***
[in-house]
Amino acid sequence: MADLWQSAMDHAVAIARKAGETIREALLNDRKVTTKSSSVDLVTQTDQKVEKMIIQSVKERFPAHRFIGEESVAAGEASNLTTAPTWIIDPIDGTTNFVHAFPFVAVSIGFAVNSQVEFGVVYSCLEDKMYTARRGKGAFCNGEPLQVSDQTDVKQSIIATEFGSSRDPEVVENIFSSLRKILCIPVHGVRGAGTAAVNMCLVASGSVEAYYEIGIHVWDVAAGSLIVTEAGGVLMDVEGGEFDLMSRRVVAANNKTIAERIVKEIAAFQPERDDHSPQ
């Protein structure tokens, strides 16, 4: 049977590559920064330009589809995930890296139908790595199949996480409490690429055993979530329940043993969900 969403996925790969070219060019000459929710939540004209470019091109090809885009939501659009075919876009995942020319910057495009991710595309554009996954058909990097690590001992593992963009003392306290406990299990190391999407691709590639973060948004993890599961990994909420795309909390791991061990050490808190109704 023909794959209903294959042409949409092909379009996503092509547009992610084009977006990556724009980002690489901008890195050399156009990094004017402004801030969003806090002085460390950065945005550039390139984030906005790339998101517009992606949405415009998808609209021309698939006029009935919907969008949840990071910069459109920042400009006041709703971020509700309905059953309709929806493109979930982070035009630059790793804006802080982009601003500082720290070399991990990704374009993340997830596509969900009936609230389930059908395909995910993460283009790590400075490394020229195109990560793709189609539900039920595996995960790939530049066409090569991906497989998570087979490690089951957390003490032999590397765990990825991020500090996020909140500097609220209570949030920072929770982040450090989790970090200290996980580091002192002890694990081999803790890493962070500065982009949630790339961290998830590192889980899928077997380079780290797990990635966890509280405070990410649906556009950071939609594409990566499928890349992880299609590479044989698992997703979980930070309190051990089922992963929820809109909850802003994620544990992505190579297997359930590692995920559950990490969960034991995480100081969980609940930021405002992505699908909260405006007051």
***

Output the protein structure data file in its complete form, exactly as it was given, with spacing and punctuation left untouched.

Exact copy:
[in-house]
Amino acid sequence: MADLWQSAMDHAVAIARKAGETIREALLNDRKVTTKSSSVDLVTQTDQKVEKMIIQSVKERFPAHRFIGEESVAAGEASNLTTAPTWIIDPIDGTTNFVHAFPFVAVSIGFAVNSQVEFGVVYSCLEDKMYTARRGKGAFCNGEPLQVSDQTDVKQSIIATEFGSSRDPEVVENIFSSLRKILCIPVHGVRGAGTAAVNMCLVASGSVEAYYEIGIHVWDVAAGSLIVTEAGGVLMDVEGGEFDLMSRRVVAANNKTIAERIVKEIAAFQPERDDHSPQ
């Protein structure tokens, strides 16, 4: 049977590559920064330009589809995930890296139908790595199949996480409490690429055993979530329940043993969900 969403996925790969070219060019000459929710939540004209470019091109090809885009939501659009075919876009995942020319910057495009991710595309554009996954058909990097690590001992593992963009003392306290406990299990190391999407691709590639973060948004993890599961990994909420795309909390791991061990050490808190109704 023909794959209903294959042409949409092909379009996503092509547009992610084009977006990556724009980002690489901008890195050399156009990094004017402004801030969003806090002085460390950065945005550039390139984030906005790339998101517009992606949405415009998808609209021309698939006029009935919907969008949840990071910069459109920042400009006041709703971020509700309905059953309709929806493109979930982070035009630059790793804006802080982009601003500082720290070399991990990704374009993340997830596509969900009936609230389930059908395909995910993460283009790590400075490394020229195109990560793709189609539900039920595996995960790939530049066409090569991906497989998570087979490690089951957390003490032999590397765990990825991020500090996020909140500097609220209570949030920072929770982040450090989790970090200290996980580091002192002890694990081999803790890493962070500065982009949630790339961290998830590192889980899928077997380079780290797990990635966890509280405070990410649906556009950071939609594409990566499928890349992880299609590479044989698992997703979980930070309190051990089922992963929820809109909850802003994620544990992505190579297997359930590692995920559950990490969960034991995480100081969980609940930021405002992505699908909260405006007051």